Friday, January 24, 2014

Smith and Wesson

[UPDATE :: Humboldt Sentinal: Smith & Wesson, Ruger Quit California Over Stamping Requirement]

Smith & Wesson to stop selling some pistols in California
January 24, 2014 2:24PM ET
State requires new gun models to 'microstamp' bullets to make them easier to trace, but gun maker won't comply

The Smith & Wesson booth at the Shooting, Hunting, and Outdoor Trade
 Show in Las Vegas on Jan. 14.
Julie Jacobson/AP

Gun manufacturer Smith & Wesson said Thursday it won’t sell some new models of its semiautomatic handguns in California to avoid complying with the state’s new safety requirements.
A California law passed seven years ago and put into effect last May requires gun manufacturers to submit for testing all models of semiautomatic handguns that have been substantially changed since they were previously on the market. 
Each pistol must also be microstamped, a marking used on the gun’s bullet casings to identify its make, model and serial number — a step that Massachusetts-based Smith & Wesson said it will not take. The company said microstamping is cost-prohibitive and unreliable as a crime deterrent.
California’s law, the first in the nation of its kind, does not apply to guns sold for military or law enforcement use.
Smith & Wesson said it expects sales of its California-compliant revolvers, which aren't required to have microstamping, to offset the impact to the company.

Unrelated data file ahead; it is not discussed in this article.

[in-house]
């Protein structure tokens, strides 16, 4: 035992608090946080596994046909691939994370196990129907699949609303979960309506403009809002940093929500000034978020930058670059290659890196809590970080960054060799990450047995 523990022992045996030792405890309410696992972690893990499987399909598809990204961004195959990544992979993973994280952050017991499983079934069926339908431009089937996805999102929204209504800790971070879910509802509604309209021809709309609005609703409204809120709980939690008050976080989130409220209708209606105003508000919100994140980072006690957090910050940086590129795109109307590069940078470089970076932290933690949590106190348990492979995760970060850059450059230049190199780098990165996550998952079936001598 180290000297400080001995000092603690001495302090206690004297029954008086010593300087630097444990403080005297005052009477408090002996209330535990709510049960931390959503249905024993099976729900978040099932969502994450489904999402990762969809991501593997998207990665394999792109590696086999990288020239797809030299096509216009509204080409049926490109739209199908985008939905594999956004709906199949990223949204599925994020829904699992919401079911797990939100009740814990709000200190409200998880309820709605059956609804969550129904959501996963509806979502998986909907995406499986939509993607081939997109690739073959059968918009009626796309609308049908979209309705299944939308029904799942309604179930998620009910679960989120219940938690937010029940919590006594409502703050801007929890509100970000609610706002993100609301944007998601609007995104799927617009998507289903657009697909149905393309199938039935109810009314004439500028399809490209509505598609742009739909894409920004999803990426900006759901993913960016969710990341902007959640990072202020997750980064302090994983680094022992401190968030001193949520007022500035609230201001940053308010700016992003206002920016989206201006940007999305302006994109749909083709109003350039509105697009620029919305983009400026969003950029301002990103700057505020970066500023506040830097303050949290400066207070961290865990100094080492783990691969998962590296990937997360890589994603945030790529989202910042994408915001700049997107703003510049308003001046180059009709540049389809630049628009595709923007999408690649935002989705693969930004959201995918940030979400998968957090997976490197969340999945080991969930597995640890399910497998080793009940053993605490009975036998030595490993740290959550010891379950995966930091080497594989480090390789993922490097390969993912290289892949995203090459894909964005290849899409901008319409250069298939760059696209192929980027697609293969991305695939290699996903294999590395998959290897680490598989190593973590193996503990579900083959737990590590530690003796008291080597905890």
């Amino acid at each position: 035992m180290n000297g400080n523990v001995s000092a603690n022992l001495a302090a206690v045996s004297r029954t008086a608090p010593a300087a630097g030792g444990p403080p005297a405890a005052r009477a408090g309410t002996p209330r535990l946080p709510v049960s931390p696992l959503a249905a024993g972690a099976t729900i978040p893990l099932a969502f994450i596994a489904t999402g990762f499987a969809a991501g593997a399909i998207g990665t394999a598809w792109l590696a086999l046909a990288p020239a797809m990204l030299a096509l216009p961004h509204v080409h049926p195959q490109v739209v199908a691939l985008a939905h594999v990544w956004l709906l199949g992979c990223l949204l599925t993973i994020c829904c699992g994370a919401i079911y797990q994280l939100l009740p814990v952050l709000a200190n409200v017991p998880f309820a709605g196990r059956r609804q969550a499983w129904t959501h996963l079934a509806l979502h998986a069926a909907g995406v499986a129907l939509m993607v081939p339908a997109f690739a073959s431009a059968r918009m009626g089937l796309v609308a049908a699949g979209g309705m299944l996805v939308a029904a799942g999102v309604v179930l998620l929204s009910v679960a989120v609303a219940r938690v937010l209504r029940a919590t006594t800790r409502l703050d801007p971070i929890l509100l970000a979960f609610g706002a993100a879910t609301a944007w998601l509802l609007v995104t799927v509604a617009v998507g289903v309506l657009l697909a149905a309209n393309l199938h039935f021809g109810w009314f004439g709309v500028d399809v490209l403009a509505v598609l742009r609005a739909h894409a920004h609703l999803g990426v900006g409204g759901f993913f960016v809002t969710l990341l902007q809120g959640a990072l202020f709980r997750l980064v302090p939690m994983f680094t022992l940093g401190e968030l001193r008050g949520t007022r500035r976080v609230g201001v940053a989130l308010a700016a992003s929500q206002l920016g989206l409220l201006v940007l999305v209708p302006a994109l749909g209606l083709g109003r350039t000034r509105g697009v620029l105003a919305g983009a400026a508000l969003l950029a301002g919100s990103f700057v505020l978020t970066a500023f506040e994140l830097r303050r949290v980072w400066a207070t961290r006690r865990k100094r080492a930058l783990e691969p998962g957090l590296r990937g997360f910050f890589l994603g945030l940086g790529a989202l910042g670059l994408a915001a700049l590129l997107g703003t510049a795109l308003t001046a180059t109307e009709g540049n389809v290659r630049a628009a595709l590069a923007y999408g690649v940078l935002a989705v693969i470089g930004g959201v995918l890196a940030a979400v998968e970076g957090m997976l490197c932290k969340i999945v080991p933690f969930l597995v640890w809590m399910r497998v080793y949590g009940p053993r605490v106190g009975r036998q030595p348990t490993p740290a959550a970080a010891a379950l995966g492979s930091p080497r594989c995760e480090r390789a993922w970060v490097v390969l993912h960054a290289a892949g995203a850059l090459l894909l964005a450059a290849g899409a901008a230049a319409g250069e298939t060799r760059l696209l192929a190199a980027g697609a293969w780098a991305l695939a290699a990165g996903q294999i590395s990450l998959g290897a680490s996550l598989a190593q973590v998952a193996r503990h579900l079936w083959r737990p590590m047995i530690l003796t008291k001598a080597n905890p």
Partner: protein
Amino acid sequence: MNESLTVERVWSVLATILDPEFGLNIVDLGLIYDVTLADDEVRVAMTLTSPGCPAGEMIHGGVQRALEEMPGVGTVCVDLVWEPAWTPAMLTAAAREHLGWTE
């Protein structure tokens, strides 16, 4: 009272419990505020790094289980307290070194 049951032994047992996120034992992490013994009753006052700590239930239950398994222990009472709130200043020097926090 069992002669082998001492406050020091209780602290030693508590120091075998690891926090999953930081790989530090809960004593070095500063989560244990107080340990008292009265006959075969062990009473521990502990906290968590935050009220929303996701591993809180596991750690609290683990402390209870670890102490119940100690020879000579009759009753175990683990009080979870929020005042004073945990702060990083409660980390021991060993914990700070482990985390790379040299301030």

Elizabeth Sharp, vice president for investor relations at Smith & Wesson, said in an email to Reuters that other firearms makers were also expected to allow products covered under the law to fade out of the market in California as they are upgraded or modified.
Sharp would not release any figures indicating how popular the affected pistols are, or how many are in circulation.
Smith & Wesson President James Dobney said the microstamping requirement, signed by then-Gov. Arnold Schwarzenegger in 2007, was "poorly conceived."
Microstamping a gun, meant to make it easier for law enforcement investigators to track down shooters in criminal cases, is an unproven and unreliable method, said Dobney, "and makes it impossible for Californians to have access to the best products with the latest innovations."
Gun rights organizations including the National Rifle Association oppose the law, and the firearms industry trade group, the National Shooting Sports Foundation, is suing to have it overturned.
California has some of the toughest gun control laws in the nation. Last year the state passed legislation aimed at further tightening its firearm regulations, including a ban on so-called conversion kits used to change standard firearms into semiautomatics, capable of firing more than 10 rounds of ammunition without reloading.

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